If you’re reading a post about palliative care, you probably know you’re going to read about death. Let’s take it a step further: Everyone reading this post is going to die, and your death probably won’t be as quick and as painless as you want. The downside of living in a society with modern medicine is that you will probably die from an illness that’s treatable but not curable. However, over time, and as you age, the treatments will become less and less effective.
If you’re not prepared for death and would rather not think about it, you’re in good company. Most people don’t want to think about death, even if they or their loved ones are in the last stages of a long-term illness.
When Leslie Blackhall, MD, came to UVA in 2001, palliative care wasn’t a recognized medical specialty. With her clinical experience and background in biomedical ethics, Blackhall has made palliative care a key component of managing incurable illnesses.
And this includes talking about death.
Palliative Care and Hospice Care
Palliative care serves anyone at any age suffering from pain and other extreme symptoms caused by severe disease or intense treatments, like chemotherapy. “People think that palliative care and hospice care are the same thing,” Blackhall says. “But one is a subset of the other, and they both address quality of life.”
Both address pain management and quality of life in patients who are dealing with incurable, often long-term, illnesses and their treatments. These often cause complications and pain.
Additionally, hospice care:
- Addresses the issues during the last stages of an illness
- Usually happens during the last weeks of someone’s life, although some move out of hospice back to palliative care
- Covers both hospital care and in-home care, like 24/7 nursing care to cover a pain crisis in the middle of the night.
Palliative Care Helps You Cope With Long-Term Illness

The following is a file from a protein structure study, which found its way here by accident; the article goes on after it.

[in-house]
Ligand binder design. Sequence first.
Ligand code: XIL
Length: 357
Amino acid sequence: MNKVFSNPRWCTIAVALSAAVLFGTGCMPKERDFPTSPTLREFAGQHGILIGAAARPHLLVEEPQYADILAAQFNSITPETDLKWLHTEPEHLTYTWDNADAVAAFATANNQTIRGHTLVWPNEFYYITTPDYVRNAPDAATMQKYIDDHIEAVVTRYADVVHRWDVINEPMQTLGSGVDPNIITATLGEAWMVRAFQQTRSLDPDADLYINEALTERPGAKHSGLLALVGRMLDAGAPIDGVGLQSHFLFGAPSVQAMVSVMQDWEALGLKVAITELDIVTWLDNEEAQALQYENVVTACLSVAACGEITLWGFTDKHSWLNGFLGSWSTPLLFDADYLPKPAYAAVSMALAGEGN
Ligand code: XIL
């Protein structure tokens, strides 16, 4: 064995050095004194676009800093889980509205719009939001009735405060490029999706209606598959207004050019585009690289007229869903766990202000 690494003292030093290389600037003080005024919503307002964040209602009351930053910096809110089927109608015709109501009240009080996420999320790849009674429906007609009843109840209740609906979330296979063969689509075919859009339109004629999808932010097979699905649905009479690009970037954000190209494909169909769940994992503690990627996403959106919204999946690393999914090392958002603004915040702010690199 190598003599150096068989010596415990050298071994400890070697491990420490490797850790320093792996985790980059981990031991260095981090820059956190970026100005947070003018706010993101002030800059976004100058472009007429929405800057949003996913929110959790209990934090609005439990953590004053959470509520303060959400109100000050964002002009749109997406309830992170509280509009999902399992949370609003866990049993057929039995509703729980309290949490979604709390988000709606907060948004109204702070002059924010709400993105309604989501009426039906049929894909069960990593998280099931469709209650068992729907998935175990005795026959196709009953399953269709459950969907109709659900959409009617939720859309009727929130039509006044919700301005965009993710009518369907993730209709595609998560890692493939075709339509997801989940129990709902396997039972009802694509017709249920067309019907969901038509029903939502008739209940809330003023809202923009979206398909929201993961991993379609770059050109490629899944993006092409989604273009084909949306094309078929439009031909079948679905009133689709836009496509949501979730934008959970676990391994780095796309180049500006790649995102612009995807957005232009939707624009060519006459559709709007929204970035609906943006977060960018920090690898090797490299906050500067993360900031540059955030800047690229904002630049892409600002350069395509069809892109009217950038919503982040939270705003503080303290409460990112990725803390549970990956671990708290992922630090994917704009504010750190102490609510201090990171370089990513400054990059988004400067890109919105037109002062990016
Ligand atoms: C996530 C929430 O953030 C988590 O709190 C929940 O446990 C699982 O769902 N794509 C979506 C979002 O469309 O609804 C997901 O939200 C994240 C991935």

“Palliative care has only been a recognized medical specialty since 2006,” says Blackhall. Before that, there was no specialty dedicated solely to how the patient lives with their illness.
“Other doctors concentrate on treating the illness, whether that’s medically or surgically,” she says. The doctors treating the illness often didn’t have the time or expertise to think about how the illness or treatment affected the patient and his or her caregivers.
“The doctor treating the illness should be focused on the illness,” she says. “But treatments cause other issues.” Palliative care was designed to help with the logistics of long-term illness, including:
- Who’s looking after this person?
- Can the person physically get to appointments and treatments?
- Who cares for the caregiver?
- How do we manage the finances?
Blackhall is part of a team composed of patient care coordinators, mental health professionals, chaplains, pharmacists and social workers that meet weekly to discuss their cases.
“How are you, the patient, mentally, physically, logistically coping? That’s our focus,” she says.
Are You or a Loved One Dealing With an Incurable Illness?
Contact the Palliative Care Clinic
Treatments Have Side Effects
Patients can be preoccupied with fighting an illness, but treatments have complications. Chemotherapy, transplants and experimental treatments can prolong life, but they can diminish the patient’s quality of life. Side effects can be painful and impact appetite, sleep and mobility. Pain and loss of function can be as difficult to deal with as the underlying illness.
“I ask patients what they want to be able to do to have a better quality of life,” says Blackhall. “They are undergoing so much. I ask them what they want to do now — today — that can improve their life.”
For instance, a patient might say that he wants more than anything to play a round of golf with his friends. He might not physically be able to play the game, but Blackhall might ask, “What about the activity do you like the most?” If what he misses most is being with his friends and going outside, but he’s too tired and in too much pain to do that, palliative care can help.
“We help people live the best life they can, despite their illness,” she says.
Everyone Will Need Help
Blackhall’s main message to everyone, whether or not they or their loved ones are currently confronting a long-term illness is this: Enjoy the life you have while you still can. “Live the life you want to live now. Don’t wait,” she says.
But when the time comes that you or a loved one has to undergo treatment for an illness, ask for help. “Everyone will need help eventually, but it’s always a shock,” says Blackhall. People feel alone and in the dark, but they don’t have to.
“You and your loved ones are not alone. There are resources at UVA that can help you. Reach out to us and we can help you.”